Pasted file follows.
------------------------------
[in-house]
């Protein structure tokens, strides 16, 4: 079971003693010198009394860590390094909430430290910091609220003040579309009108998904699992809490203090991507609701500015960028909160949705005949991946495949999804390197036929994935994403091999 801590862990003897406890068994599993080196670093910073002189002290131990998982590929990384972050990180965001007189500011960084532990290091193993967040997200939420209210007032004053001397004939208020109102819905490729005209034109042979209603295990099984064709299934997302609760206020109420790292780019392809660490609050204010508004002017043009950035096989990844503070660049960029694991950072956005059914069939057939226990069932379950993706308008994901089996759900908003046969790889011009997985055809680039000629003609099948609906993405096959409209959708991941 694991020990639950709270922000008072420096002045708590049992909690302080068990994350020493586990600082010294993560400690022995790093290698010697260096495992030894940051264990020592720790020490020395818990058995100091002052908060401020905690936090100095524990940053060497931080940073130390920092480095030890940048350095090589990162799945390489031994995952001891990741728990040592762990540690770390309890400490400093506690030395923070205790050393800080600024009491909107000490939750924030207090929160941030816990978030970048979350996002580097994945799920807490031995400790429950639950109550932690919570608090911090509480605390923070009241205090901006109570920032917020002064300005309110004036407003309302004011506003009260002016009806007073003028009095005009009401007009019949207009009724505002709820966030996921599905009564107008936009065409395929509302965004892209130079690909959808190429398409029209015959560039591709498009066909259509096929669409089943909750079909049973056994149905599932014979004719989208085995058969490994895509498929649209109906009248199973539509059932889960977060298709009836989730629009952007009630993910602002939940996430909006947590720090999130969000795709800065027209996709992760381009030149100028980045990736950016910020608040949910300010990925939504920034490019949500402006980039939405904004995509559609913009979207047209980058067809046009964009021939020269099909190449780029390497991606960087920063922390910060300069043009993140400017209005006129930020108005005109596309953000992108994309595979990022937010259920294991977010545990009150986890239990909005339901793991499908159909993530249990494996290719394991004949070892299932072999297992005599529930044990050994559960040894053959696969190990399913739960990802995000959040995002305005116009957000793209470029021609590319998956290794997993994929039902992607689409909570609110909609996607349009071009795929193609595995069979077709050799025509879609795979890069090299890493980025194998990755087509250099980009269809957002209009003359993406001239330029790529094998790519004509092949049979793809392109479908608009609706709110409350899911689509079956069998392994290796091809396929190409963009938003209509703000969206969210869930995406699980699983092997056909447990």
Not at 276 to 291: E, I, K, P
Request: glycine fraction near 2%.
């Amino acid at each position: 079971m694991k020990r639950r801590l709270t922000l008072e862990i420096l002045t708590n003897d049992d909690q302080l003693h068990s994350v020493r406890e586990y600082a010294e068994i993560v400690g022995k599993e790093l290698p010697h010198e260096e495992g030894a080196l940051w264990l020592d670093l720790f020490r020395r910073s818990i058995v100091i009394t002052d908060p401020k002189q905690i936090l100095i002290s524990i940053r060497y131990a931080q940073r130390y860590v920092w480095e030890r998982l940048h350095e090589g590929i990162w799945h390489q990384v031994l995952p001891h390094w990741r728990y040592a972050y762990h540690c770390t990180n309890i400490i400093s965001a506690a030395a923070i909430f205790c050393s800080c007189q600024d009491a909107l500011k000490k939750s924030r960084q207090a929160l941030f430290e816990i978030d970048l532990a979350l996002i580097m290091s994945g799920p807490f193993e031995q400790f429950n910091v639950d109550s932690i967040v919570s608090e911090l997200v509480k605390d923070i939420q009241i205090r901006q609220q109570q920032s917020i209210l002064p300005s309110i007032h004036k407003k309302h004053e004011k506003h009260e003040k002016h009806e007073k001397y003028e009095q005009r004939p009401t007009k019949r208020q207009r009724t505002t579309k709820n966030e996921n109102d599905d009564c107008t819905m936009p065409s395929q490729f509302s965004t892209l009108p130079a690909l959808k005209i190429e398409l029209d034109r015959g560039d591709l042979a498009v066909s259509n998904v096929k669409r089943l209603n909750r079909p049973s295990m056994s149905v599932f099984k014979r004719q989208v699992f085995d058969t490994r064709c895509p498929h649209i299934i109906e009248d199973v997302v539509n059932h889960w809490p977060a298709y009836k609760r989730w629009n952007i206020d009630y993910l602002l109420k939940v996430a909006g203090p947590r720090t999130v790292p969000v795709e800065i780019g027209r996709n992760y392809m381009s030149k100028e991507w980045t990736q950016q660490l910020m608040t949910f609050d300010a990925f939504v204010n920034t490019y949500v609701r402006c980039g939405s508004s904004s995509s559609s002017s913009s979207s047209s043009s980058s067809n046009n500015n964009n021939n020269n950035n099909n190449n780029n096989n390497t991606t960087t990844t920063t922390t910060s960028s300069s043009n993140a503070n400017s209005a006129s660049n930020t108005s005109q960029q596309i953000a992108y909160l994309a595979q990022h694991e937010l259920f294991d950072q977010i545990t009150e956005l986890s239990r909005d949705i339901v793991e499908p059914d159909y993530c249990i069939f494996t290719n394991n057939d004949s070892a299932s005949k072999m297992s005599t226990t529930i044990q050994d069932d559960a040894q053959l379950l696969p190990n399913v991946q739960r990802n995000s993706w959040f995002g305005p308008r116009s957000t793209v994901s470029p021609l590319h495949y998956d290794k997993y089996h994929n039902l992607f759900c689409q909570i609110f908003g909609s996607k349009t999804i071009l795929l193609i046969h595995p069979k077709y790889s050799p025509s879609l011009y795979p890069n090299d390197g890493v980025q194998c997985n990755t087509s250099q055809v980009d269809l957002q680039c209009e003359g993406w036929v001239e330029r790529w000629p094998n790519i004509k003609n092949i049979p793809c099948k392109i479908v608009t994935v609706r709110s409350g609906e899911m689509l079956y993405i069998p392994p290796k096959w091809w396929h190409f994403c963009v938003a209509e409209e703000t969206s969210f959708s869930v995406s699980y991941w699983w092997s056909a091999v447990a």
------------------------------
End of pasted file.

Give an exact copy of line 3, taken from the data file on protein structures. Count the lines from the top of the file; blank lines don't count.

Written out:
Not at 276 to 291: E, I, K, P